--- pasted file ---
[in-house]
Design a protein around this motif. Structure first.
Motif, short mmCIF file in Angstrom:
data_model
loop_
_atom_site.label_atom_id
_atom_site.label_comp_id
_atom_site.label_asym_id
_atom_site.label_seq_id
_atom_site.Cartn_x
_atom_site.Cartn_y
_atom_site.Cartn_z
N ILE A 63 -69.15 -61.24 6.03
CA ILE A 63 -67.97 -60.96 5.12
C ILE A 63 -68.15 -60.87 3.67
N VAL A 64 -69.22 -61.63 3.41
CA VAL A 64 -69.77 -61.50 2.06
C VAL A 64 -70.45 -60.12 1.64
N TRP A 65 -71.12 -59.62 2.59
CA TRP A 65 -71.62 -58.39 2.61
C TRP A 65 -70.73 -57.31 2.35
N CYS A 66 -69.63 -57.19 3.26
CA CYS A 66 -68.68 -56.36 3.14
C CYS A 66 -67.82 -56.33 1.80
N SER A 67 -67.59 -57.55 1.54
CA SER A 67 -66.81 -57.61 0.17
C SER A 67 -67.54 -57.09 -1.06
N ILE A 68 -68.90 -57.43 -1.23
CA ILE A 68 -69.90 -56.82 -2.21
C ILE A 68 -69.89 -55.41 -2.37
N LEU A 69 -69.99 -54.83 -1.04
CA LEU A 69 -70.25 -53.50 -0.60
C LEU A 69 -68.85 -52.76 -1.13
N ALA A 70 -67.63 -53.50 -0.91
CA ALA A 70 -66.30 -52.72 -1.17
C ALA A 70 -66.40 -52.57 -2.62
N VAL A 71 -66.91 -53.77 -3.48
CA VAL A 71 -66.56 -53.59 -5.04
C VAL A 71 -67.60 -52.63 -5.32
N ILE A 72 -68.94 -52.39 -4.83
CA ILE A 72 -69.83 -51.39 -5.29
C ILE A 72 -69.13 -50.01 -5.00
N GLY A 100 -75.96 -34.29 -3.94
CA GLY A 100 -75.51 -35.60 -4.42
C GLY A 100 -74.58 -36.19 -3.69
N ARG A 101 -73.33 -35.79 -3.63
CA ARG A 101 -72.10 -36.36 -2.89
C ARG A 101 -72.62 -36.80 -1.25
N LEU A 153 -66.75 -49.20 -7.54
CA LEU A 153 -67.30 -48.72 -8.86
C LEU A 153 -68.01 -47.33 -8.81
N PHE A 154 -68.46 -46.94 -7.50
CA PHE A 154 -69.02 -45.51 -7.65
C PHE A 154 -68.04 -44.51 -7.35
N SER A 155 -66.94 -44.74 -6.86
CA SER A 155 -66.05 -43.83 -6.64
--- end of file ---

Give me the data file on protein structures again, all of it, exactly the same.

[in-house]
Design a protein around this motif. Structure first.
Motif, short mmCIF file in Angstrom:
data_model
loop_
_atom_site.label_atom_id
_atom_site.label_comp_id
_atom_site.label_asym_id
_atom_site.label_seq_id
_atom_site.Cartn_x
_atom_site.Cartn_y
_atom_site.Cartn_z
N ILE A 63 -69.15 -61.24 6.03
CA ILE A 63 -67.97 -60.96 5.12
C ILE A 63 -68.15 -60.87 3.67
N VAL A 64 -69.22 -61.63 3.41
CA VAL A 64 -69.77 -61.50 2.06
C VAL A 64 -70.45 -60.12 1.64
N TRP A 65 -71.12 -59.62 2.59
CA TRP A 65 -71.62 -58.39 2.61
C TRP A 65 -70.73 -57.31 2.35
N CYS A 66 -69.63 -57.19 3.26
CA CYS A 66 -68.68 -56.36 3.14
C CYS A 66 -67.82 -56.33 1.80
N SER A 67 -67.59 -57.55 1.54
CA SER A 67 -66.81 -57.61 0.17
C SER A 67 -67.54 -57.09 -1.06
N ILE A 68 -68.90 -57.43 -1.23
CA ILE A 68 -69.90 -56.82 -2.21
C ILE A 68 -69.89 -55.41 -2.37
N LEU A 69 -69.99 -54.83 -1.04
CA LEU A 69 -70.25 -53.50 -0.60
C LEU A 69 -68.85 -52.76 -1.13
N ALA A 70 -67.63 -53.50 -0.91
CA ALA A 70 -66.30 -52.72 -1.17
C ALA A 70 -66.40 -52.57 -2.62
N VAL A 71 -66.91 -53.77 -3.48
CA VAL A 71 -66.56 -53.59 -5.04
C VAL A 71 -67.60 -52.63 -5.32
N ILE A 72 -68.94 -52.39 -4.83
CA ILE A 72 -69.83 -51.39 -5.29
C ILE A 72 -69.13 -50.01 -5.00
N GLY A 100 -75.96 -34.29 -3.94
CA GLY A 100 -75.51 -35.60 -4.42
C GLY A 100 -74.58 -36.19 -3.69
N ARG A 101 -73.33 -35.79 -3.63
CA ARG A 101 -72.10 -36.36 -2.89
C ARG A 101 -72.62 -36.80 -1.25
N LEU A 153 -66.75 -49.20 -7.54
CA LEU A 153 -67.30 -48.72 -8.86
C LEU A 153 -68.01 -47.33 -8.81
N PHE A 154 -68.46 -46.94 -7.50
CA PHE A 154 -69.02 -45.51 -7.65
C PHE A 154 -68.04 -44.51 -7.35
N SER A 155 -66.94 -44.74 -6.86
CA SER A 155 -66.05 -43.83 -6.64